Georgetown University’s Newspaper of Record since 1920

The Hoya

Georgetown University’s Newspaper of Record since 1920

The Hoya

Georgetown University’s Newspaper of Record since 1920

The Hoya

GU Med. Center Research May Make Cancer More Treatable

A research team from Georgetown University Medical Center presented a study on a new approach to breast cancer treatment during last week’s American Society of Clinical Oncology’s Breast Cancer Symposium 2008.

Early data from their research indicates that tumors that have become resistant to anti-hormonal drugs can be re-sensitized using the drug sorafenib.

The trial began enrolling postmenopausal women with metastatic breast cancer in 2005. After treatment of three subjects, the study advanced to a second phase, which included the treatment of 27 patients. Current results show a clinical benefit in 26 percent of the women in the study who received both the drugs sorafenib and anastrozole.

Sorafenib is the primary drug for treatment of kidney cancer and advanced liver cancer, while anastrozole is used to treat breast cancer in postmenopausal women.

The team hopes to complete the trial within the year, said Deepa Subramaniam, M.D., lead author of the study.

Women with either estrogen-receptor or progesterone-receptor (ER or PR) positive metastatic breast cancer commonly take anti-hormonal drugs to stymie the progression of the cancer, according to Medical News Today.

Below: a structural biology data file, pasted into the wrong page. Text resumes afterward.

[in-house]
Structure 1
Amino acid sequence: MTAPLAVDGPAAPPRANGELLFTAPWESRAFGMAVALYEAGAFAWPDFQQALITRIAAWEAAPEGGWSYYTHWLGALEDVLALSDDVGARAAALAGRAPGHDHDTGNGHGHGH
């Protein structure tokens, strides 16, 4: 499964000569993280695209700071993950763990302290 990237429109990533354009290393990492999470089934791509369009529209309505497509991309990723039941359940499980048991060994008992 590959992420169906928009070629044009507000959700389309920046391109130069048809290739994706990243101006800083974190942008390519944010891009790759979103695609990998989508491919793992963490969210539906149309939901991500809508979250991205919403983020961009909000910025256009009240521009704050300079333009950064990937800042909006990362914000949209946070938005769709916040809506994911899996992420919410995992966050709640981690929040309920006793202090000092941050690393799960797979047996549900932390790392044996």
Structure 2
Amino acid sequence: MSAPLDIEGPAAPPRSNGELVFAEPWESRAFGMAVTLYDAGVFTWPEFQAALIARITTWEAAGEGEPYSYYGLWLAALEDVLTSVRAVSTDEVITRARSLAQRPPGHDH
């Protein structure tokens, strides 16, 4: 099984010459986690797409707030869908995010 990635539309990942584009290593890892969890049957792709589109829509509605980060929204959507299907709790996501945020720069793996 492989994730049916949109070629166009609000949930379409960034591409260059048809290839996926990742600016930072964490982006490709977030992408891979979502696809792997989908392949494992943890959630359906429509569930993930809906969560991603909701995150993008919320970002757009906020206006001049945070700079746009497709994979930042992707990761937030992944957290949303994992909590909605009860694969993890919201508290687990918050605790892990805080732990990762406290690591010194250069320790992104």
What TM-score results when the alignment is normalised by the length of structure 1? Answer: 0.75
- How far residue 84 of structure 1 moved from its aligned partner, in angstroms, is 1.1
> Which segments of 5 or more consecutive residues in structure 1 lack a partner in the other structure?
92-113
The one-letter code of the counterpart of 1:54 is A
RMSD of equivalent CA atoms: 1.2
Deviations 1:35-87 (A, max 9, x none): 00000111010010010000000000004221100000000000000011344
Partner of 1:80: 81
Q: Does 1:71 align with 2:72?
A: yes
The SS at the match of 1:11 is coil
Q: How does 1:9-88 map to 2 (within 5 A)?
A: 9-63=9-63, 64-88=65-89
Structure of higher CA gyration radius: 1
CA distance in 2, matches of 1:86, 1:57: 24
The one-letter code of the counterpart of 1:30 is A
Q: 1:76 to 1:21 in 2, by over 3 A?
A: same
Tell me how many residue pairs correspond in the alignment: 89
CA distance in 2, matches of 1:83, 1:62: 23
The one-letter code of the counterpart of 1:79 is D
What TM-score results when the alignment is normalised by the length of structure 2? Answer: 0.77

Hormone-receptor positive breast cancer cells have estrogen receptors on the cells surfaces. When an estrogen molecule binds to the receptor on the cancer cell, the binding causes a signal cascade that promotes growth of the tumor, Subramaniam said.

Previous treatments have targeted this estrogen binding, but anastrozole halts tumor development by shutting down the estrogen-growth pathway. However, after prolonged periods of this estrogen-free environment, the cancer adapts and the treatment is ineffective.

“There is pre-clinical data to support the hypothesis that resistance develops by the tumor learning to use alternative pathways of growth signaling other than the estrogen receptor pathway. Thus, the tumor becomes independent of the estrogen receptor for its growth stimulus,” Subramaniam said.

In the past, when anti-estrogen drugs failed, chemotherapy was the only treatment option. However, the approach proposed by the GUMC team combines the aromatase inhibitors with sorafenib. Sorafenib blocks tumor blood vessel growth as well as an alternative growth pathway.

“Simultaneously blocking the estrogen-receptor pathway with anastrozole and the alternative pathway with sorafenib, the hope is that we will be able to arrest the growth of the breast cancer tumor cells,” Subramaniam added.

By putting a halt to the alternative growth pathway, sorafenib, in essence, re-sensitizes the tumor aromatase inhibitors. Since the tumor is no longer resistant to the anti-hormonal drugs, the cancer is sensitive to the lack of estrogen and as a result, the growth of the tumor will slow.

The trial is sponsored by the Cancer Theory Evaluation Program, a division of the National Cancer Institute of the National Institutes of Health.

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